As a B737-800 Captain, I can say that the braking action of this aircraft is highly effective. I'm not sure what your question is attempting to ask, but am assuming that you're saying that the use of engine reverse thrust noise produces a lot of noise without any appreciable braking action.
I can't comment on other types of aircraft other than Boeing and Lockheed, but the braking philosophy on the Boeing is such that the Autobrake setting will assure a deceleration rate according to the setting selected. For example, an Autobrake setting of 2 will deliver a deceleration rate of 5ft/sec. If engine reverse thrust is used after landing the deceleration effect is highest at a higher airspeed than at lower airspeeds. Believe me it is effective, but at only the higher airspeeds. The deceleration force from reverse thrust, at say a touchdown speed of 140kts, will be greater than 5ft/sec, and the wheel brakes will not be engaged till such a point that the effect from the engine reverse thrust reduces to 5ft/sec. At that point the wheel brakes will be automatically engaged to achieve 5ft/sec rate. There are many factors that will affect when this occurs, but this may occur at around 90kts airspeed. I personally reduce the engine reverse thrust at around 80-70kts (depending of course on runway length remaining, runways surface conditions, etc, etc). It may be that on your flights, the pilots have left the reverse thrust in till a much lower airspeed that's required for whatever reason. Yes, it does make a lot of noise at this crossover point and below, and in my experience doesn't provide much assistance in deceleration.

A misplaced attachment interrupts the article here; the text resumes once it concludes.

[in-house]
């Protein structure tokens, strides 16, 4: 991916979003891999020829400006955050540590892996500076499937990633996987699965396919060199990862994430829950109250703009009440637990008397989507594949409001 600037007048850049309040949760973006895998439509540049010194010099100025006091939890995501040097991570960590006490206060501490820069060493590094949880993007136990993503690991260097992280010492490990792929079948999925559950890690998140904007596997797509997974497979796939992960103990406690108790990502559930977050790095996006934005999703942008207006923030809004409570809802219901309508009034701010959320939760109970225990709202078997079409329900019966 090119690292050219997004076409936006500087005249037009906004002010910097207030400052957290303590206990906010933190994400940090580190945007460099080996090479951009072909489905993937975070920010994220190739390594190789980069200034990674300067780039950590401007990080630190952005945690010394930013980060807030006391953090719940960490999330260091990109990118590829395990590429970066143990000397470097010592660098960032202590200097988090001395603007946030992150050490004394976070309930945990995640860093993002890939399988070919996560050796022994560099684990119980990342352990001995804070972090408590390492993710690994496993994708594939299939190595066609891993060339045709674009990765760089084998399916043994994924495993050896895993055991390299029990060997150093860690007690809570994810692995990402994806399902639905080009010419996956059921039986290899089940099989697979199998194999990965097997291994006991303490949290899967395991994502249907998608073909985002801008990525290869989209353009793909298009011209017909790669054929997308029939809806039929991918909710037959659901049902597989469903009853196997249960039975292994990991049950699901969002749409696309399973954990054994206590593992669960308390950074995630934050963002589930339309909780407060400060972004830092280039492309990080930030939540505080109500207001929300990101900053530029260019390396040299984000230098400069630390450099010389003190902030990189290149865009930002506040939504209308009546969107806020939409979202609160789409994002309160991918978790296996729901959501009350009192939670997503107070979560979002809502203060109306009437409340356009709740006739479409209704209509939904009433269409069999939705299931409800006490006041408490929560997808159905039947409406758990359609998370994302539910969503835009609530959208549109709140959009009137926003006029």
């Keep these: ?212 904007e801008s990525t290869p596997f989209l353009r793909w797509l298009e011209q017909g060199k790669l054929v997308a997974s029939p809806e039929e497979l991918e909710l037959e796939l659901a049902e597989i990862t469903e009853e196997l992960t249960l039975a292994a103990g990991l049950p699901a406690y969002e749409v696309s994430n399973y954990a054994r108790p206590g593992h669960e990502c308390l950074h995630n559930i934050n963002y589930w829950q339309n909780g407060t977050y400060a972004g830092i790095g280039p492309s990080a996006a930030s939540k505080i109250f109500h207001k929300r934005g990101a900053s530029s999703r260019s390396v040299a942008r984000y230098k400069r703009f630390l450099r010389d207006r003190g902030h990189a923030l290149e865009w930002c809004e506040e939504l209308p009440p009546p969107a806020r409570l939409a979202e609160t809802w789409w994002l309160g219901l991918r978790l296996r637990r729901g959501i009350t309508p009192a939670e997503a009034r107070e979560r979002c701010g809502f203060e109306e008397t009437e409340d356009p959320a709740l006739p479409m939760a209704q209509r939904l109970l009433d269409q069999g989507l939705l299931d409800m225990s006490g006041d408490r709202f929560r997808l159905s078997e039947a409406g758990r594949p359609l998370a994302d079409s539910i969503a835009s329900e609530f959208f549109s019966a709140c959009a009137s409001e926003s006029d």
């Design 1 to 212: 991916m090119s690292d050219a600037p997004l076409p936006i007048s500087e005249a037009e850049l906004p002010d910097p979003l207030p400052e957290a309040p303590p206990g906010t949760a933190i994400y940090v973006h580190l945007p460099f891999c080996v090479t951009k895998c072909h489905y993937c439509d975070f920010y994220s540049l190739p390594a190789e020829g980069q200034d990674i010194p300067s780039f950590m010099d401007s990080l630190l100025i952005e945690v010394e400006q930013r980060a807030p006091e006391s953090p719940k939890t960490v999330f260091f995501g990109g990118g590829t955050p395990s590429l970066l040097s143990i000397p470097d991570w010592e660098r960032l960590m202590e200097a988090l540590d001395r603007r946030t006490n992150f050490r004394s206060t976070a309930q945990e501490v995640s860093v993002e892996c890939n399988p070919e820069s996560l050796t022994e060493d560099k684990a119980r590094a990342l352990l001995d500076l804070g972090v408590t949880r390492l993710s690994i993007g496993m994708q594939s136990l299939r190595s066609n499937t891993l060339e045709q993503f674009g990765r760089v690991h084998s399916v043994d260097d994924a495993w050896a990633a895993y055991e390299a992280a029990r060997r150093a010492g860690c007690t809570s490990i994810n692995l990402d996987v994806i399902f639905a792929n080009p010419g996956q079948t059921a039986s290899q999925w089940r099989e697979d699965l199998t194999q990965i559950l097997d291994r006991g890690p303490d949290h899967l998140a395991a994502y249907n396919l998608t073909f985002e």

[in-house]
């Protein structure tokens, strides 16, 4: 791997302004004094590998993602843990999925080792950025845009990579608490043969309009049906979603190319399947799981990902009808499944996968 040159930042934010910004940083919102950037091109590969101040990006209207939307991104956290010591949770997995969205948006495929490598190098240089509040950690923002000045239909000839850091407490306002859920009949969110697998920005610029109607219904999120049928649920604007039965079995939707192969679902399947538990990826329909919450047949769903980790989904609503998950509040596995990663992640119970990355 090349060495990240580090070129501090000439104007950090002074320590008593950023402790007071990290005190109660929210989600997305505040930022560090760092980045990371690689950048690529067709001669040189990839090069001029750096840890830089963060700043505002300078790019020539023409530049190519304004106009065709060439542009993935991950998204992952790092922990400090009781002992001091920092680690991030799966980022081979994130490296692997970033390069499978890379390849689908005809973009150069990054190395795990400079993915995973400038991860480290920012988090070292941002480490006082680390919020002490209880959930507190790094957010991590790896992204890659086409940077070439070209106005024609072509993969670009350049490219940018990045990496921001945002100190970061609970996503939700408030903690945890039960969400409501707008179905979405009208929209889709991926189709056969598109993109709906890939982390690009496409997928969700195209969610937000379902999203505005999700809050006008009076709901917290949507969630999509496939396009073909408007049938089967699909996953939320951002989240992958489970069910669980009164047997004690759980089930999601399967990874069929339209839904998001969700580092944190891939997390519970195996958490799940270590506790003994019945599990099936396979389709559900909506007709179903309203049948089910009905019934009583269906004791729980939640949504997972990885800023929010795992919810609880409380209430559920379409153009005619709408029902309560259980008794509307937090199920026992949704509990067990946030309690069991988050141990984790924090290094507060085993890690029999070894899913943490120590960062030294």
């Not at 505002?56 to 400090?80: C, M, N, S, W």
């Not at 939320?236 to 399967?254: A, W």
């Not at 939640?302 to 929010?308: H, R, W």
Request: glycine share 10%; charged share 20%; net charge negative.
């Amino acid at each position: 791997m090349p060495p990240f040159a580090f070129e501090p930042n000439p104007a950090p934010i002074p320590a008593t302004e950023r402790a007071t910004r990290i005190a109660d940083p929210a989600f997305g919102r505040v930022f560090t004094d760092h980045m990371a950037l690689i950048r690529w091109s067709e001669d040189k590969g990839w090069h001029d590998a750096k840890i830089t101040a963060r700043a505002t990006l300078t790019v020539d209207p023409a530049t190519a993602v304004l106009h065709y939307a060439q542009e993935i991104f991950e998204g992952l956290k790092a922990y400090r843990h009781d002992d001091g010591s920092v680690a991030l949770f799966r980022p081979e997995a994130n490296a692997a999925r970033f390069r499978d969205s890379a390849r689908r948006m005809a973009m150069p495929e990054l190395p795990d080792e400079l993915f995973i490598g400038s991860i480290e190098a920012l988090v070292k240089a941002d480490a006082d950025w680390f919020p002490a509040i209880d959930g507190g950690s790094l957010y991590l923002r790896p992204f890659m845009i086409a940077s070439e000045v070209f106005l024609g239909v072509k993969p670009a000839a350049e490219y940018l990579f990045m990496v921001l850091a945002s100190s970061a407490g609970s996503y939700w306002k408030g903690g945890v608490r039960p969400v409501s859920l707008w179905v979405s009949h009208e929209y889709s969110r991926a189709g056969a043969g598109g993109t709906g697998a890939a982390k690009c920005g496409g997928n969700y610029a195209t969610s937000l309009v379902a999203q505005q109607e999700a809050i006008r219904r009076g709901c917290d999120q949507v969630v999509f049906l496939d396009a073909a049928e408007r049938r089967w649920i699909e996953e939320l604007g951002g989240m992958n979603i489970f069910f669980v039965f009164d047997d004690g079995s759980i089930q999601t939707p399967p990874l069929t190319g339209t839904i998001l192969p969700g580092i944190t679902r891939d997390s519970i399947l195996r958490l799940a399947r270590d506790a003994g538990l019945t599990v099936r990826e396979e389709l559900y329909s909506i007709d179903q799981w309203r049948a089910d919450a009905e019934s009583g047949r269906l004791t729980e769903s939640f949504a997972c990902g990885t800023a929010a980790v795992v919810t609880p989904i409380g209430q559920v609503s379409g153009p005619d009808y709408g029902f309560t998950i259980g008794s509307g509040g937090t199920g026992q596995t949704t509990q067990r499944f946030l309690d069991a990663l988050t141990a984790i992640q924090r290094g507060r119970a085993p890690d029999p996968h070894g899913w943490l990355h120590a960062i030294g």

As has been mentioned before there are 4 autobrake settings for landing.
Setting 1 - 4ft/sec
Setting 2 - 5ft/sec
Setting 3 - 7.2ft/sec
Setting Max - 14ft/sec above 80kts, then reducing to 12ft/sec till stop.
Of course at ay time during the landing ground roll the pilot can override the autobrakes and manually brake as he/she requires. The autobrakes will be disarmed at this point. The wheel brakes are extremely effective on this aircraft.
Your comment about runway overruns, has absolutely nothing at all to do with the aircraft type. Human factors is the major cause of almost all overruns. There is an abundance of reports on the internet from EASA, FAA, CASA, etc that discuss the reasons for the number of overruns. On all these reports, no aircraft type is highlighted as a suspect. However the problems continue to be poor decision making skills from the crews concerned coupled with poor training, SOP, and lack of performance calculation/s.
If you calculate the runway length required (using reported and actual runway surface conditions for your landing), fly a stabilised approach (ie. on speed and on path), touchdown in the touchdown zone, a safe landing within the runway length is going to be the outcome (not withstanding major technical failure or a freak weather event). However time and again, there are skygods and cowboys that will continue with an unstable approach (high on path and high on approach speed), land half way down the runway, and then wonder why they run off the end into the mud.
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